Time’s ripe for tax cuts

This opinion article by Business Council chief executive Jennifer Westacott was published in the Daily Telegraph on Friday 28 June 2019. 

A simpler, fairer tax system will not just benefit those suffering from bracket creep, but the whole economy.

Every now and then, you get a chance to fix something that should have been dealt with years ago.

Right now, our politicians have the opportunity to reform the personal income tax system so it actually operates in the interests of Australian workers.

At the moment when Australians earn a little extra, they end up having to pay a higher rate of tax.

This slug on aspiration and effort is called bracket creep.

The principle of paying more tax as you earn more is fair enough.

But do we really need five tax brackets and a complicated tax system that rigidly punishes people for just trying to get ahead?

How is that fair?

Right now, many workers are forced to ask themselves what’s the point of working extra hours or getting a new job if the additional pay they receive is gobbled up by tax.

When it comes to putting in effort, one of the most punishing tax brackets is the one that catches Australians earning between $90,001 to $180,000 a year.

Once a worker earns one extra dollar over $90,000 a year, their additional hard work means they pay a higher rate of tax. Their extra effort is penalised. They’re left to pay $20,797 in tax as well as 37 cents for every dollar they earn over $90,000.

Under the Morrison government’s three-stage tax package, this tax bracket would be scrapped. It would be replaced with a system where 94 per cent of Australians face a marginal tax rate of no more than 30 per cent.

This would remove the disincentives that actively discourage workers from entering the workforce, doing a few extra hours, getting a new job, or working in Australia.

Importantly, the changes mean the system will remain a progressive tax system — workers who earn the most, will still pay the most tax. That’s fair.

Someone earning $200,000 will still pay 10 times the amount of tax that someone earning $45,000 will pay.

Taxes affect all our decisions. For some people taxes influence whether they’ll enter the workforce, for others it is about whether they’ll work overtime, take on training, change jobs, buy or sell a house, and take out insurance.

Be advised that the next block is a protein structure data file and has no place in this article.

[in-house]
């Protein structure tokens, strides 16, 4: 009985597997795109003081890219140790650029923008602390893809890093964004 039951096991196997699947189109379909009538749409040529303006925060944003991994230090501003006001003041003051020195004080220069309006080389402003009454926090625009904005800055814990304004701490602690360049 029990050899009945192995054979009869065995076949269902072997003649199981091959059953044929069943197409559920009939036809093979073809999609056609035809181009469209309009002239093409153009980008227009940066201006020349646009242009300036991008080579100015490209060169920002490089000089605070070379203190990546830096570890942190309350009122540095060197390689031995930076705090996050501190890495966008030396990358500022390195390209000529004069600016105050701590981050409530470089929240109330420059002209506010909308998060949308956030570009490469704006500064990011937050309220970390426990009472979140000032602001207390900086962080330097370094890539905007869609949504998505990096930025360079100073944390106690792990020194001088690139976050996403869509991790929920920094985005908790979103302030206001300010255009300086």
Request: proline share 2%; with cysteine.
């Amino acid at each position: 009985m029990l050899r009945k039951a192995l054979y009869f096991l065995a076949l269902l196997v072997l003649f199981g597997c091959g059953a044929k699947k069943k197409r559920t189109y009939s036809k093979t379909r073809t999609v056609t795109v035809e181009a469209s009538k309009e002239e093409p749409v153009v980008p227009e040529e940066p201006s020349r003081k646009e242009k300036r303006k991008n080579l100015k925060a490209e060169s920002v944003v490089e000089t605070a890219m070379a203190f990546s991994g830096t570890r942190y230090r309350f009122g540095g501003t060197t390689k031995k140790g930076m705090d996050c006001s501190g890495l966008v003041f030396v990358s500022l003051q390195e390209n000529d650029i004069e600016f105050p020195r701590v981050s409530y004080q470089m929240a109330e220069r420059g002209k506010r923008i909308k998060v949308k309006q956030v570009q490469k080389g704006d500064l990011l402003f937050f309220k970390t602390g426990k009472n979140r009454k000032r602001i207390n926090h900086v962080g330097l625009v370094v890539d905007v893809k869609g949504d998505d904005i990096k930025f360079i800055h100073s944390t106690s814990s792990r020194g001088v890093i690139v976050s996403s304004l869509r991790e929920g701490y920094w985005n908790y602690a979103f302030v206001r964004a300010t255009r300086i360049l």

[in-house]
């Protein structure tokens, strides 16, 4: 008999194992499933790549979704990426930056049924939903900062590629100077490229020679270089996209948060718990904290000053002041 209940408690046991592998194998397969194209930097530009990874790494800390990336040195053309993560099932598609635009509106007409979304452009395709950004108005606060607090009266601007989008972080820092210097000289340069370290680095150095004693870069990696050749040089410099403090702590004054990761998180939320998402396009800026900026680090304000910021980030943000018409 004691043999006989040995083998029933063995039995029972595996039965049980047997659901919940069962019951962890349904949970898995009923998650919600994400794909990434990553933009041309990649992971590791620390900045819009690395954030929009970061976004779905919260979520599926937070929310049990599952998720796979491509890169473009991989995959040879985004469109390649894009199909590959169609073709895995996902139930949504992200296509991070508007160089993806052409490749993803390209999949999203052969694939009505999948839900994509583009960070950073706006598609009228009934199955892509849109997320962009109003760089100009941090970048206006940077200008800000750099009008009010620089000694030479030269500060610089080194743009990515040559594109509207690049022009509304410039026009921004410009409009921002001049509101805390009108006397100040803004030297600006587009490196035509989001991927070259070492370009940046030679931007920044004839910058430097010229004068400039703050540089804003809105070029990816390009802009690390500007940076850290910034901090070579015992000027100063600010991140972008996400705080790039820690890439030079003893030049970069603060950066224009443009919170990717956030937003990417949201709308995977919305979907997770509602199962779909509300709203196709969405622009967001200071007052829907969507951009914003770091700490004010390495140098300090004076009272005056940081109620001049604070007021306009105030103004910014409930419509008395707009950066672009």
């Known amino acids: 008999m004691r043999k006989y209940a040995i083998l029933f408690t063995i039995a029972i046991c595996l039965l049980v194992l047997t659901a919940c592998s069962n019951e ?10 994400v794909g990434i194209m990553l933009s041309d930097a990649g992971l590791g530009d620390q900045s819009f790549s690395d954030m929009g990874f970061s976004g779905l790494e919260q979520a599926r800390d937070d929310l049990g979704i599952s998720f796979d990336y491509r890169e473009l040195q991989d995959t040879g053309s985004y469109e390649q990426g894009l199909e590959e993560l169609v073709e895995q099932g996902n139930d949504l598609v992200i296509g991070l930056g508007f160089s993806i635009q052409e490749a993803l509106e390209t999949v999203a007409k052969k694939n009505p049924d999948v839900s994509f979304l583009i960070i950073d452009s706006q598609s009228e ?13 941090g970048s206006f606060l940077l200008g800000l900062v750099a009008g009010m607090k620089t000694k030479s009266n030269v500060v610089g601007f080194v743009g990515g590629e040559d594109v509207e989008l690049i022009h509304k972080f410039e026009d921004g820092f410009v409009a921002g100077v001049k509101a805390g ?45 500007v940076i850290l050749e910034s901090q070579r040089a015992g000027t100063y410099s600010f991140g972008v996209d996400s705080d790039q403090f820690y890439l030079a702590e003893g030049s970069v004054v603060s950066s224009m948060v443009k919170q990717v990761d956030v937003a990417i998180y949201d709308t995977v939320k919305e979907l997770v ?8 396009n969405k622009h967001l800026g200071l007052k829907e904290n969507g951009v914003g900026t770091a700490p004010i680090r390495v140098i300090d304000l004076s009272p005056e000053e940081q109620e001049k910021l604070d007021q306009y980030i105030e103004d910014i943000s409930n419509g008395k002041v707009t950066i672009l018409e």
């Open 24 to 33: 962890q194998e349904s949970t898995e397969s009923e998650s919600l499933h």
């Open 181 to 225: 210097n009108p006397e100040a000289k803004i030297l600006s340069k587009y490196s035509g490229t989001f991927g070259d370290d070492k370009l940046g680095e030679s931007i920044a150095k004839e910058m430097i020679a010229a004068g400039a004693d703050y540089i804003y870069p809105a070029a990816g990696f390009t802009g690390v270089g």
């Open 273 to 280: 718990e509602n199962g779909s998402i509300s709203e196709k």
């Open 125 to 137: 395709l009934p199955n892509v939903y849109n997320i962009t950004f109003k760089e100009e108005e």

Under the proposed changes to lower taxes and start to tackle bracket creep, Australians will have more choices. They’ll be able to decide how they spend or invest more of their own money.

It’s a sure-fire way to ensure Australians can get ahead and it will help give the economy some much needed fuel to get cracking.

Reforming the personal income tax system is one of the first steps we need to take to ensure the Australian economy can grow faster.

Right now, our politicians have the opportunity to make a commonsense decision to improve the tax system so it unambiguously rewards Australians for effort. Wouldn’t it be terrific if everyone was on the same page, and we seized this moment to fix the complexity of the tax system so Australians could get ahead? Surely that’s a no-brainer.

If the government’s tax package is passed by parliament, it will mean Australians have more money in their pockets.

It will also force governments to be more efficient about how they spend taxpayers’ dollars.

Ultimately, it means Australians and their families can do more.

Low and middle-income earners stand to immediately receive up to $1080 each. This is the equivalent of at least a 0.50 percentage point interest rate cut.

Australians work really hard for their money, why shouldn’t they keep more of it?

There’s no reason to keep holding Australian workers back.

There’s no reason to keep a handbrake on aspiration.

There’s no reason to retain a complex and incentive-sapping system of five tax brackets that stops workers getting ahead.

C’mon parliament, let’s get this one done.